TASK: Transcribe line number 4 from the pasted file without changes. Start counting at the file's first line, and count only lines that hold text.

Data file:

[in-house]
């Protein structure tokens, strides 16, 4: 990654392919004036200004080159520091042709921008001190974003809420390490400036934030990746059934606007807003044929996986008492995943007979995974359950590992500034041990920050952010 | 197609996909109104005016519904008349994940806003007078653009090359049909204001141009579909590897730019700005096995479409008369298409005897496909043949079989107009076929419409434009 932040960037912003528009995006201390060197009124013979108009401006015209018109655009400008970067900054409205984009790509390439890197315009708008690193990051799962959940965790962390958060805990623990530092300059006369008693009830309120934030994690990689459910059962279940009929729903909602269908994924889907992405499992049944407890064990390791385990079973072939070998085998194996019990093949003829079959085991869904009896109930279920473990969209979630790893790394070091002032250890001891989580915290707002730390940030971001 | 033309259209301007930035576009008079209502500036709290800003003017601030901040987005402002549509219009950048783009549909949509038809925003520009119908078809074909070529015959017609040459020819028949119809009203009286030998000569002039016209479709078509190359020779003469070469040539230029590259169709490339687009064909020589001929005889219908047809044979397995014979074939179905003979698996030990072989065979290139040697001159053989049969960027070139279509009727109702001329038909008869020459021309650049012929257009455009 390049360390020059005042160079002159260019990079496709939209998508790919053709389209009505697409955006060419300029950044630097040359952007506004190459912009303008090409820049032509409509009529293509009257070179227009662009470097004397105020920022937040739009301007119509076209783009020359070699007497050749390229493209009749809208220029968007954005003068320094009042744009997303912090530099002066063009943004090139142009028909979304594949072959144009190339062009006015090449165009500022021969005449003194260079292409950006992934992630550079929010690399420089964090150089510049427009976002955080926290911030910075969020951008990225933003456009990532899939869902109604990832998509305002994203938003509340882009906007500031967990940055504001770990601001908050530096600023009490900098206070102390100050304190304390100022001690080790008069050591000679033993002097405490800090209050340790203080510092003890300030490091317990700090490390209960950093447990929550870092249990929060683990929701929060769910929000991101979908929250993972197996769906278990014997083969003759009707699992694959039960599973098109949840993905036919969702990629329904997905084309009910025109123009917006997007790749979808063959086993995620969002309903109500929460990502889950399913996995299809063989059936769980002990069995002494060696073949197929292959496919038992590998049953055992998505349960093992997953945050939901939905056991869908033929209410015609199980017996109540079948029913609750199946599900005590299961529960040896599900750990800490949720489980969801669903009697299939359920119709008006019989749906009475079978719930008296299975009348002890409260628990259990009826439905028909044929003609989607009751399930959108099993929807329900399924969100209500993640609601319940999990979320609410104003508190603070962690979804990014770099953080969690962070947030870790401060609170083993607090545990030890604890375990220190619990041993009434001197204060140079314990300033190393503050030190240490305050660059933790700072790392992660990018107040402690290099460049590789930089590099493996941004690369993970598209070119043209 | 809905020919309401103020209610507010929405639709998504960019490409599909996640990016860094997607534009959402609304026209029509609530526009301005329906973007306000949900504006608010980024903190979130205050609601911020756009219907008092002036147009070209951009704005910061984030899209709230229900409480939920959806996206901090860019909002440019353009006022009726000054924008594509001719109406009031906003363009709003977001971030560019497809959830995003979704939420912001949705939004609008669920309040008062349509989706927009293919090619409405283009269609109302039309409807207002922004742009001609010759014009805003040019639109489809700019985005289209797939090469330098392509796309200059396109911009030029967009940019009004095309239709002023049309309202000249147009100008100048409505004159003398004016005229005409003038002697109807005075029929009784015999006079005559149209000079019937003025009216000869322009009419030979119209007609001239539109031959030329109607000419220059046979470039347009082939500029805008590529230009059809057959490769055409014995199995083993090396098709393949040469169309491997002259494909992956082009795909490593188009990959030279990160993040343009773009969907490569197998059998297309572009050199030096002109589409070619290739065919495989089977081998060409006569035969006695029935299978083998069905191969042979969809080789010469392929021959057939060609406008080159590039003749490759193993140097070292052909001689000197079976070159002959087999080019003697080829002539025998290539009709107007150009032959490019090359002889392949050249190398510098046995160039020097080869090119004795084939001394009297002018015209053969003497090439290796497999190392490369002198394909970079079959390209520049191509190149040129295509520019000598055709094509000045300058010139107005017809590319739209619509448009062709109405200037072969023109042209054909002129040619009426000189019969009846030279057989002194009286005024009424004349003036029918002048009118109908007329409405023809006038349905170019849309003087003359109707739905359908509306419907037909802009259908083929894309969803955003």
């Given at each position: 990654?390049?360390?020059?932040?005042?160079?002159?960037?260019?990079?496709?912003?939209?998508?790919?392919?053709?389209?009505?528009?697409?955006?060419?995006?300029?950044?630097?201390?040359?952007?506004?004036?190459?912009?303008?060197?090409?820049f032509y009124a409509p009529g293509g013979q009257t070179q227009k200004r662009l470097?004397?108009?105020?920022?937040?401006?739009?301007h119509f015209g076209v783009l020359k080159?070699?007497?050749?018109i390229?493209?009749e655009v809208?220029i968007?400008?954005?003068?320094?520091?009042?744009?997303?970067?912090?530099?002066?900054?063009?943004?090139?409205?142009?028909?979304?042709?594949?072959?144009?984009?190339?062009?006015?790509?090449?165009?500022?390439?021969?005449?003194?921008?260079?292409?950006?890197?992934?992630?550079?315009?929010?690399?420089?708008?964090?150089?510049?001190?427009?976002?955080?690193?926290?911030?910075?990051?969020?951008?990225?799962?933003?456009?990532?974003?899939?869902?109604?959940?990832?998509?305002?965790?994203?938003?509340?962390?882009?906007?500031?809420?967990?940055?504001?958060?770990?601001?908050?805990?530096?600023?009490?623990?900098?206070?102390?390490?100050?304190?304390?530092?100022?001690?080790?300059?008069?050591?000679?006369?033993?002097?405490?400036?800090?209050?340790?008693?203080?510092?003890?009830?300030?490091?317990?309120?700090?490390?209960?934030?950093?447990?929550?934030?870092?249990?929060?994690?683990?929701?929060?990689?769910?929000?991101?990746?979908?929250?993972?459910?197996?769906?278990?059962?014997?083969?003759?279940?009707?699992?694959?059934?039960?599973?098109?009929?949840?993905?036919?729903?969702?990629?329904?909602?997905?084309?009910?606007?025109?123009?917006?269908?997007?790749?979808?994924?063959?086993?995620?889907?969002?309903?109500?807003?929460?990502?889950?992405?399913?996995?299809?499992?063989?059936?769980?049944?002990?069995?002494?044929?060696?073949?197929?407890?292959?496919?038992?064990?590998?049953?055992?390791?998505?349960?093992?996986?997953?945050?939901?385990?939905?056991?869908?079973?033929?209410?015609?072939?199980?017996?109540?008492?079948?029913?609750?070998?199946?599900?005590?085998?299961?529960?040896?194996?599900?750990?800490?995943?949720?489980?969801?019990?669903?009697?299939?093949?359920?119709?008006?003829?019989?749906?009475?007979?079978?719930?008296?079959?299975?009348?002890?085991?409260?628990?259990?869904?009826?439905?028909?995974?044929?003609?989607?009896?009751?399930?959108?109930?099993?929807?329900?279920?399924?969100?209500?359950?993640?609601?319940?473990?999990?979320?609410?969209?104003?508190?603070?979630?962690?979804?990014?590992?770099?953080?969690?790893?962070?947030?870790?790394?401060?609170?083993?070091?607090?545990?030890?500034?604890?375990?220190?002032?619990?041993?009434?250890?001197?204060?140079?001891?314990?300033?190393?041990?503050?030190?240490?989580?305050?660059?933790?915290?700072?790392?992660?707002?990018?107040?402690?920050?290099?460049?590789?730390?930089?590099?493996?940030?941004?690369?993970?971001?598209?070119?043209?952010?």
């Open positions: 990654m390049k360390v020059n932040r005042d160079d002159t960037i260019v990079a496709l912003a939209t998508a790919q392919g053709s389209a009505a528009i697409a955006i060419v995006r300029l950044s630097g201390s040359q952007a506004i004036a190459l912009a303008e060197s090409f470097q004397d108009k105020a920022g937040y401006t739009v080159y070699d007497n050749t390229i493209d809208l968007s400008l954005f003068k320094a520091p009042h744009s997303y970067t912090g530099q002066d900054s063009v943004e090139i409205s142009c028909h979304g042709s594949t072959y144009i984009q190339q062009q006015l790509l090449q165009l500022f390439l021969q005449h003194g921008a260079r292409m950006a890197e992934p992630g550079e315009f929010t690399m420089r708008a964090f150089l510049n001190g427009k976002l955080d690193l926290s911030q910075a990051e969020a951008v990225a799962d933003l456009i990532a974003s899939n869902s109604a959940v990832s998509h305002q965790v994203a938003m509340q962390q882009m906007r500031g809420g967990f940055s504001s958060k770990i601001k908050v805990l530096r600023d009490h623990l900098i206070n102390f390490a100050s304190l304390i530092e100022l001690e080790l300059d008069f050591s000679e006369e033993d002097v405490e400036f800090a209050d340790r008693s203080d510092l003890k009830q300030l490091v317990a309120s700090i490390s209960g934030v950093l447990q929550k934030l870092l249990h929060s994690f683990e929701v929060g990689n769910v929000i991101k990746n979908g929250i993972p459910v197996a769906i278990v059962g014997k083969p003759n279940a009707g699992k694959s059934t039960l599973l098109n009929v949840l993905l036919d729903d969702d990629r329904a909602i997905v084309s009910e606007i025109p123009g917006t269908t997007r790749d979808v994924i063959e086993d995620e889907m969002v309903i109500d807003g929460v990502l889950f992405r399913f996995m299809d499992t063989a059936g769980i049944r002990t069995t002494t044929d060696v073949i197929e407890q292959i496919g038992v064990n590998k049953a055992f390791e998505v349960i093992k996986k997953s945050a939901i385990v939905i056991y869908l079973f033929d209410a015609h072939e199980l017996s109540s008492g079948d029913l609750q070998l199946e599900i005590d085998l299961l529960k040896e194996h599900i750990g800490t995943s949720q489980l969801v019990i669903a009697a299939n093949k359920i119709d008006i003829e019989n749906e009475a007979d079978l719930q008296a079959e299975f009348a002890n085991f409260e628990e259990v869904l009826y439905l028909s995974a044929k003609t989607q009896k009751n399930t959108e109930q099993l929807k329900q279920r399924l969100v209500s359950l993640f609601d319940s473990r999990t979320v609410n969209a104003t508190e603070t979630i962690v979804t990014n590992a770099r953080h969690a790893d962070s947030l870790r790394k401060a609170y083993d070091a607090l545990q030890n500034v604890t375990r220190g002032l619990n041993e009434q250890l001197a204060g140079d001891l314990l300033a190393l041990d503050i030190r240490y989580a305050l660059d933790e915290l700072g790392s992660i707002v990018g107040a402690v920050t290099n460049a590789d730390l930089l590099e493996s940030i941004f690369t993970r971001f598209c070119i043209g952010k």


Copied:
């Open positions: 990654m390049k360390v020059n932040r005042d160079d002159t960037i260019v990079a496709l912003a939209t998508a790919q392919g053709s389209a009505a528009i697409a955006i060419v995006r300029l950044s630097g201390s040359q952007a506004i004036a190459l912009a303008e060197s090409f470097q004397d108009k105020a920022g937040y401006t739009v080159y070699d007497n050749t390229i493209d809208l968007s400008l954005f003068k320094a520091p009042h744009s997303y970067t912090g530099q002066d900054s063009v943004e090139i409205s142009c028909h979304g042709s594949t072959y144009i984009q190339q062009q006015l790509l090449q165009l500022f390439l021969q005449h003194g921008a260079r292409m950006a890197e992934p992630g550079e315009f929010t690399m420089r708008a964090f150089l510049n001190g427009k976002l955080d690193l926290s911030q910075a990051e969020a951008v990225a799962d933003l456009i990532a974003s899939n869902s109604a959940v990832s998509h305002q965790v994203a938003m509340q962390q882009m906007r500031g809420g967990f940055s504001s958060k770990i601001k908050v805990l530096r600023d009490h623990l900098i206070n102390f390490a100050s304190l304390i530092e100022l001690e080790l300059d008069f050591s000679e006369e033993d002097v405490e400036f800090a209050d340790r008693s203080d510092l003890k009830q300030l490091v317990a309120s700090i490390s209960g934030v950093l447990q929550k934030l870092l249990h929060s994690f683990e929701v929060g990689n769910v929000i991101k990746n979908g929250i993972p459910v197996a769906i278990v059962g014997k083969p003759n279940a009707g699992k694959s059934t039960l599973l098109n009929v949840l993905l036919d729903d969702d990629r329904a909602i997905v084309s009910e606007i025109p123009g917006t269908t997007r790749d979808v994924i063959e086993d995620e889907m969002v309903i109500d807003g929460v990502l889950f992405r399913f996995m299809d499992t063989a059936g769980i049944r002990t069995t002494t044929d060696v073949i197929e407890q292959i496919g038992v064990n590998k049953a055992f390791e998505v349960i093992k996986k997953s945050a939901i385990v939905i056991y869908l079973f033929d209410a015609h072939e199980l017996s109540s008492g079948d029913l609750q070998l199946e599900i005590d085998l299961l529960k040896e194996h599900i750990g800490t995943s949720q489980l969801v019990i669903a009697a299939n093949k359920i119709d008006i003829e019989n749906e009475a007979d079978l719930q008296a079959e299975f009348a002890n085991f409260e628990e259990v869904l009826y439905l028909s995974a044929k003609t989607q009896k009751n399930t959108e109930q099993l929807k329900q279920r399924l969100v209500s359950l993640f609601d319940s473990r999990t979320v609410n969209a104003t508190e603070t979630i962690v979804t990014n590992a770099r953080h969690a790893d962070s947030l870790r790394k401060a609170y083993d070091a607090l545990q030890n500034v604890t375990r220190g002032l619990n041993e009434q250890l001197a204060g140079d001891l314990l300033a190393l041990d503050i030190r240490y989580a305050l660059d933790e915290l700072g790392s992660i707002v990018g107040a402690v920050t290099n460049a590789d730390l930089l590099e493996s940030i941004f690369t993970r971001f598209c070119i043209g952010k």